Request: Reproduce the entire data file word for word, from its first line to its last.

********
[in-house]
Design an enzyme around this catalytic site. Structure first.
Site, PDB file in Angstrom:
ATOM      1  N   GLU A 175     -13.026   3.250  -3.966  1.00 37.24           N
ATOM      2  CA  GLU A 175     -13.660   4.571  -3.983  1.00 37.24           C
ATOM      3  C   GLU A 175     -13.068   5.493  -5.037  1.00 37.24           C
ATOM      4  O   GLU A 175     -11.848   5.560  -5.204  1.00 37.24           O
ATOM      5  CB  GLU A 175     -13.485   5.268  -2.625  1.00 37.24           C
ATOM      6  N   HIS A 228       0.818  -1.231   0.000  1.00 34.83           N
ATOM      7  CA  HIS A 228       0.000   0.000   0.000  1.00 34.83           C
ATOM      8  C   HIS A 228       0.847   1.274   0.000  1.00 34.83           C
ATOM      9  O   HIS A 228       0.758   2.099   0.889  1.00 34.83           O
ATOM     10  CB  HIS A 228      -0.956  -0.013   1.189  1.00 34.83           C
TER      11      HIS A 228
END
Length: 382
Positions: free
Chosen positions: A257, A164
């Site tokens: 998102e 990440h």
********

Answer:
[in-house]
Design an enzyme around this catalytic site. Structure first.
Site, PDB file in Angstrom:
ATOM      1  N   GLU A 175     -13.026   3.250  -3.966  1.00 37.24           N
ATOM      2  CA  GLU A 175     -13.660   4.571  -3.983  1.00 37.24           C
ATOM      3  C   GLU A 175     -13.068   5.493  -5.037  1.00 37.24           C
ATOM      4  O   GLU A 175     -11.848   5.560  -5.204  1.00 37.24           O
ATOM      5  CB  GLU A 175     -13.485   5.268  -2.625  1.00 37.24           C
ATOM      6  N   HIS A 228       0.818  -1.231   0.000  1.00 34.83           N
ATOM      7  CA  HIS A 228       0.000   0.000   0.000  1.00 34.83           C
ATOM      8  C   HIS A 228       0.847   1.274   0.000  1.00 34.83           C
ATOM      9  O   HIS A 228       0.758   2.099   0.889  1.00 34.83           O
ATOM     10  CB  HIS A 228      -0.956  -0.013   1.189  1.00 34.83           C
TER      11      HIS A 228
END
Length: 382
Positions: free
Chosen positions: A257, A164
């Site tokens: 998102e 990440h």